Musings in Autumn: Katarina Bivald
Canadian Art – Part I: Frederick Hagan
In the words of one writer, “Frederick Hagan’s (1918-2003) unique work has for decades responded to and shaped Canadian painting. Born in Toronto and raised in Cabbagetown, Hagan looked to his lived environments as sources for his artistic subjects: the bustling urban life of a growing city, memories of family and childhood experiences, and the idyllic scenery of the Muskoka region, to which he traveled regularly.
Hagan was quickly recognized for his talent, and by age 21 was exhibiting with the Royal Canadian Academy, while taking classes at the Ontario College of Art under the direction of John Alfsen and Frank Carmichael. Soon, he would take on the role of educator himself, a vocation which would come to define Hagan’s career in equal part to his studio practice. Between 1946 and 1983, Hagan taught painting, drawing, and printmaking at the Ontario College of Art; a talented lithographer in his own right, he influenced an entire generation of artists who would take up the challenge of figurative painting and revive its role as a valuable genre that could comment meaningfully on a contemporary spirit.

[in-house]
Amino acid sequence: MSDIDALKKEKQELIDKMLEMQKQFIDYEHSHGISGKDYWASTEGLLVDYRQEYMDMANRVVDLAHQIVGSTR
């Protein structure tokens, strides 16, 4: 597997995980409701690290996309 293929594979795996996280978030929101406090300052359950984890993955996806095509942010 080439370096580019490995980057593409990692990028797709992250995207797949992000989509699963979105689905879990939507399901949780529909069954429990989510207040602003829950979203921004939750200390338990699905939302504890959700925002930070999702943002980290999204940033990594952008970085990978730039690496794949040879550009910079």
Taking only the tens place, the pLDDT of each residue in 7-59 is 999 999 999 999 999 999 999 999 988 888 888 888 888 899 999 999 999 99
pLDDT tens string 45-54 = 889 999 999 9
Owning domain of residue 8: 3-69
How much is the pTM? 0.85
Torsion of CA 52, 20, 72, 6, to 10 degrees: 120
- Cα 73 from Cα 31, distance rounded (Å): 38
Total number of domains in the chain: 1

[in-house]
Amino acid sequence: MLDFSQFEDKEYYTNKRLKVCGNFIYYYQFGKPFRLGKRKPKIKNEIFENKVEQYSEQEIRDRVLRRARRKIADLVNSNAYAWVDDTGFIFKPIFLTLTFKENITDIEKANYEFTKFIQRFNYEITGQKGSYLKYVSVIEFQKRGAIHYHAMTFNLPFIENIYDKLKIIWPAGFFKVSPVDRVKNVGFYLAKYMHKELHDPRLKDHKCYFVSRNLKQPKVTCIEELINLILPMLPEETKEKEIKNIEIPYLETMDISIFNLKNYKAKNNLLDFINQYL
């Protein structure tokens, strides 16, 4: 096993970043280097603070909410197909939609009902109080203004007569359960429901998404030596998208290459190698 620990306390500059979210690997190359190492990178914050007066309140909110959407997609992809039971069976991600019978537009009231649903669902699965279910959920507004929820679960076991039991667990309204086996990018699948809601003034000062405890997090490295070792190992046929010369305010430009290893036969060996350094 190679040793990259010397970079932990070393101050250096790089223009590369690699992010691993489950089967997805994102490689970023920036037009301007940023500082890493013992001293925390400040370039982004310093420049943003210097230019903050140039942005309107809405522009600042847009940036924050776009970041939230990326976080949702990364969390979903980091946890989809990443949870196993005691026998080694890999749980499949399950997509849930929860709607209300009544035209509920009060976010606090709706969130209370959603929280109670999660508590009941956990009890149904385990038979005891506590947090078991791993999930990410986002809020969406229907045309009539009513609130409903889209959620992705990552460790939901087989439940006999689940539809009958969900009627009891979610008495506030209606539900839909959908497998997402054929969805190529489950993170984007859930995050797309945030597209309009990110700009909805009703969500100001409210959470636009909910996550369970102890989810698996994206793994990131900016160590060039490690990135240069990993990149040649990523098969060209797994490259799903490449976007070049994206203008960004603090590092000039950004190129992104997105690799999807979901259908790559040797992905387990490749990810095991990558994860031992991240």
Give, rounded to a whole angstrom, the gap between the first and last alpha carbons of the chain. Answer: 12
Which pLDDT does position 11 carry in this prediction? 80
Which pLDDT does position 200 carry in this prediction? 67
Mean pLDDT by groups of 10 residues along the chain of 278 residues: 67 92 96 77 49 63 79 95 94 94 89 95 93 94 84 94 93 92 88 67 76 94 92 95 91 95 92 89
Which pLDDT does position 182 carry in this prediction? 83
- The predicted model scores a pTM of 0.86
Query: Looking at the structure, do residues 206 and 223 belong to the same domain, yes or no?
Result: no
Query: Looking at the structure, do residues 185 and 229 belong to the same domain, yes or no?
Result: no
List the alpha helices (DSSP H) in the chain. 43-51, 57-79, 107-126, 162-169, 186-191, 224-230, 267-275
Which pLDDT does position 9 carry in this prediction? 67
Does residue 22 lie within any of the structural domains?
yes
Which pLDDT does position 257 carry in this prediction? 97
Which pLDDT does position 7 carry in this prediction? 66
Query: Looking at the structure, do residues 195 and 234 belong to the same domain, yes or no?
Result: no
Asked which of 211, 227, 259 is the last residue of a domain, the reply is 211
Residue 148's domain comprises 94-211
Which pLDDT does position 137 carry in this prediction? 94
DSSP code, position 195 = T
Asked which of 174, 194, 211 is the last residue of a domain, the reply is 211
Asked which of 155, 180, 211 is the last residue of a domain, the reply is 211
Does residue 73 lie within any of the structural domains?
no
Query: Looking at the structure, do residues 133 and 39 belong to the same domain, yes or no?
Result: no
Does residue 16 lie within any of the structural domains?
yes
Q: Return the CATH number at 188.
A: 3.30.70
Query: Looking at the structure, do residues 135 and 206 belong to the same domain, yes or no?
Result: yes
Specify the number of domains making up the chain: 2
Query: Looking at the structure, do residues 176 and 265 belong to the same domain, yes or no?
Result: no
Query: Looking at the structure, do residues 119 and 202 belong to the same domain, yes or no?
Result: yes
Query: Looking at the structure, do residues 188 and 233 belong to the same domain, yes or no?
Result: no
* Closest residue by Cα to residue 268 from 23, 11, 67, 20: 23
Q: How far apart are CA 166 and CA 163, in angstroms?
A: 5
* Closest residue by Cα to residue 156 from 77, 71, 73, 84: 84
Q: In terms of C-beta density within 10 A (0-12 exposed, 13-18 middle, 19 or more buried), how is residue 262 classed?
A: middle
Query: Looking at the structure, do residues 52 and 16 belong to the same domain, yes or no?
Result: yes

Immersed in a culture of painting that increasingly privileged abstraction, Hagan was—in the words of Damian Tarnopolsky, writing for the Globe and Mail—‘immune to artistic fashions,’ and firmly committed to his figurative style with little investment in self-promotion. But the artist’s canvases were nonetheless deeply symbolic, powerful, and energized portraits of humanity that combined Cubist, Mannerist, Expressionist, and even Classical principles of composition while ultimately creating a style all his own, rooted his personal, existential questioning.